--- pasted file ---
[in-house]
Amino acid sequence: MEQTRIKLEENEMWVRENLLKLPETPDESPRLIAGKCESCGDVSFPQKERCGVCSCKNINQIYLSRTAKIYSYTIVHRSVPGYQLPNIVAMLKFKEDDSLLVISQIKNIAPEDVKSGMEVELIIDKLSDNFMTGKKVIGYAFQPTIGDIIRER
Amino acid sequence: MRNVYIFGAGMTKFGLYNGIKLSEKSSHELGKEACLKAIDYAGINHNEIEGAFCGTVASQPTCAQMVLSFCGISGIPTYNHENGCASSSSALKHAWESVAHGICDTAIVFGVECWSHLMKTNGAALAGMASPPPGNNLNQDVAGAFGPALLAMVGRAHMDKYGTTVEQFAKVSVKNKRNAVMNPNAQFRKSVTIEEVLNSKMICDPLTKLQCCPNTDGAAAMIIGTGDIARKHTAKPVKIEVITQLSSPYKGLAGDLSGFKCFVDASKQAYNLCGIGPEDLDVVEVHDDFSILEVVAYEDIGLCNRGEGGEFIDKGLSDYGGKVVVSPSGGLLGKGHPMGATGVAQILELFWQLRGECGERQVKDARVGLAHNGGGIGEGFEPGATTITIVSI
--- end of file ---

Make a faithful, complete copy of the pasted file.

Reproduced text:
[in-house]
Amino acid sequence: MEQTRIKLEENEMWVRENLLKLPETPDESPRLIAGKCESCGDVSFPQKERCGVCSCKNINQIYLSRTAKIYSYTIVHRSVPGYQLPNIVAMLKFKEDDSLLVISQIKNIAPEDVKSGMEVELIIDKLSDNFMTGKKVIGYAFQPTIGDIIRER
Amino acid sequence: MRNVYIFGAGMTKFGLYNGIKLSEKSSHELGKEACLKAIDYAGINHNEIEGAFCGTVASQPTCAQMVLSFCGISGIPTYNHENGCASSSSALKHAWESVAHGICDTAIVFGVECWSHLMKTNGAALAGMASPPPGNNLNQDVAGAFGPALLAMVGRAHMDKYGTTVEQFAKVSVKNKRNAVMNPNAQFRKSVTIEEVLNSKMICDPLTKLQCCPNTDGAAAMIIGTGDIARKHTAKPVKIEVITQLSSPYKGLAGDLSGFKCFVDASKQAYNLCGIGPEDLDVVEVHDDFSILEVVAYEDIGLCNRGEGGEFIDKGLSDYGGKVVVSPSGGLLGKGHPMGATGVAQILELFWQLRGECGERQVKDARVGLAHNGGGIGEGFEPGATTITIVSI